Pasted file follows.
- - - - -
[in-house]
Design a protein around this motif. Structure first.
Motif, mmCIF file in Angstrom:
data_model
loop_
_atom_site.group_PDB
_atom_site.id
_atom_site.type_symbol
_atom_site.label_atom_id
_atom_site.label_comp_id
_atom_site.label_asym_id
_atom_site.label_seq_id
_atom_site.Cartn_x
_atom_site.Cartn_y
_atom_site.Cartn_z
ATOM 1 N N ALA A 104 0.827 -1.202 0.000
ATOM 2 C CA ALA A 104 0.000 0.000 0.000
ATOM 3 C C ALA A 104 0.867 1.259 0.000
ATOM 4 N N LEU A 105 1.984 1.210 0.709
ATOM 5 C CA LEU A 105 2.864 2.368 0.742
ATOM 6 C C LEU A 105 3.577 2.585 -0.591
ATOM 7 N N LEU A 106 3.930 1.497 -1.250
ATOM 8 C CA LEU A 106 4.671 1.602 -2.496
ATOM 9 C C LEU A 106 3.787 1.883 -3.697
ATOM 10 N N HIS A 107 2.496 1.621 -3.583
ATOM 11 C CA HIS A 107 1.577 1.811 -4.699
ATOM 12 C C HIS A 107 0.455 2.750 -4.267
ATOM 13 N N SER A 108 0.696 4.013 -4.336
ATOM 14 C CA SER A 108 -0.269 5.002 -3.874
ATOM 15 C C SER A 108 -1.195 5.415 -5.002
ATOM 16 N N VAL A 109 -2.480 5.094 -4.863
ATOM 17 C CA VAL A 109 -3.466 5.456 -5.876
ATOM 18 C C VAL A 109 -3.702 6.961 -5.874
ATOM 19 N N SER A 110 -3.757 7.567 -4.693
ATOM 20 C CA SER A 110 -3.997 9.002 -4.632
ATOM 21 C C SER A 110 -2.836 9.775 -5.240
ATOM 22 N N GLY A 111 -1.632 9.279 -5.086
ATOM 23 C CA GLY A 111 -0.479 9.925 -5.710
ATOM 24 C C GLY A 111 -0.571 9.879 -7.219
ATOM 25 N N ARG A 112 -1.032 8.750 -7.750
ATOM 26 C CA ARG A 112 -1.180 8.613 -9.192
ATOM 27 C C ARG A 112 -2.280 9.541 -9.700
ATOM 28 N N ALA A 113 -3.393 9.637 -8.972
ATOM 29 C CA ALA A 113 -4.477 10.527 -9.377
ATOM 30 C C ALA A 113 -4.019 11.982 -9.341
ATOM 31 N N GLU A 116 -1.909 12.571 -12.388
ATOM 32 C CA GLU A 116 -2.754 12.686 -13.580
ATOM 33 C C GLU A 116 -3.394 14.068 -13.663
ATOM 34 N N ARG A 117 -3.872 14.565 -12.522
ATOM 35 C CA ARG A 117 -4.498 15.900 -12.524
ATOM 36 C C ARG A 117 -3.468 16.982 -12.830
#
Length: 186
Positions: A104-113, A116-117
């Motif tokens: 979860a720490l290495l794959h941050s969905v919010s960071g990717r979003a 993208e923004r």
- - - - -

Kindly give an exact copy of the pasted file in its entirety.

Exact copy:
[in-house]
Design a protein around this motif. Structure first.
Motif, mmCIF file in Angstrom:
data_model
loop_
_atom_site.group_PDB
_atom_site.id
_atom_site.type_symbol
_atom_site.label_atom_id
_atom_site.label_comp_id
_atom_site.label_asym_id
_atom_site.label_seq_id
_atom_site.Cartn_x
_atom_site.Cartn_y
_atom_site.Cartn_z
ATOM 1 N N ALA A 104 0.827 -1.202 0.000
ATOM 2 C CA ALA A 104 0.000 0.000 0.000
ATOM 3 C C ALA A 104 0.867 1.259 0.000
ATOM 4 N N LEU A 105 1.984 1.210 0.709
ATOM 5 C CA LEU A 105 2.864 2.368 0.742
ATOM 6 C C LEU A 105 3.577 2.585 -0.591
ATOM 7 N N LEU A 106 3.930 1.497 -1.250
ATOM 8 C CA LEU A 106 4.671 1.602 -2.496
ATOM 9 C C LEU A 106 3.787 1.883 -3.697
ATOM 10 N N HIS A 107 2.496 1.621 -3.583
ATOM 11 C CA HIS A 107 1.577 1.811 -4.699
ATOM 12 C C HIS A 107 0.455 2.750 -4.267
ATOM 13 N N SER A 108 0.696 4.013 -4.336
ATOM 14 C CA SER A 108 -0.269 5.002 -3.874
ATOM 15 C C SER A 108 -1.195 5.415 -5.002
ATOM 16 N N VAL A 109 -2.480 5.094 -4.863
ATOM 17 C CA VAL A 109 -3.466 5.456 -5.876
ATOM 18 C C VAL A 109 -3.702 6.961 -5.874
ATOM 19 N N SER A 110 -3.757 7.567 -4.693
ATOM 20 C CA SER A 110 -3.997 9.002 -4.632
ATOM 21 C C SER A 110 -2.836 9.775 -5.240
ATOM 22 N N GLY A 111 -1.632 9.279 -5.086
ATOM 23 C CA GLY A 111 -0.479 9.925 -5.710
ATOM 24 C C GLY A 111 -0.571 9.879 -7.219
ATOM 25 N N ARG A 112 -1.032 8.750 -7.750
ATOM 26 C CA ARG A 112 -1.180 8.613 -9.192
ATOM 27 C C ARG A 112 -2.280 9.541 -9.700
ATOM 28 N N ALA A 113 -3.393 9.637 -8.972
ATOM 29 C CA ALA A 113 -4.477 10.527 -9.377
ATOM 30 C C ALA A 113 -4.019 11.982 -9.341
ATOM 31 N N GLU A 116 -1.909 12.571 -12.388
ATOM 32 C CA GLU A 116 -2.754 12.686 -13.580
ATOM 33 C C GLU A 116 -3.394 14.068 -13.663
ATOM 34 N N ARG A 117 -3.872 14.565 -12.522
ATOM 35 C CA ARG A 117 -4.498 15.900 -12.524
ATOM 36 C C ARG A 117 -3.468 16.982 -12.830
#
Length: 186
Positions: A104-113, A116-117
């Motif tokens: 979860a720490l290495l794959h941050s969905v919010s960071g990717r979003a 993208e923004r």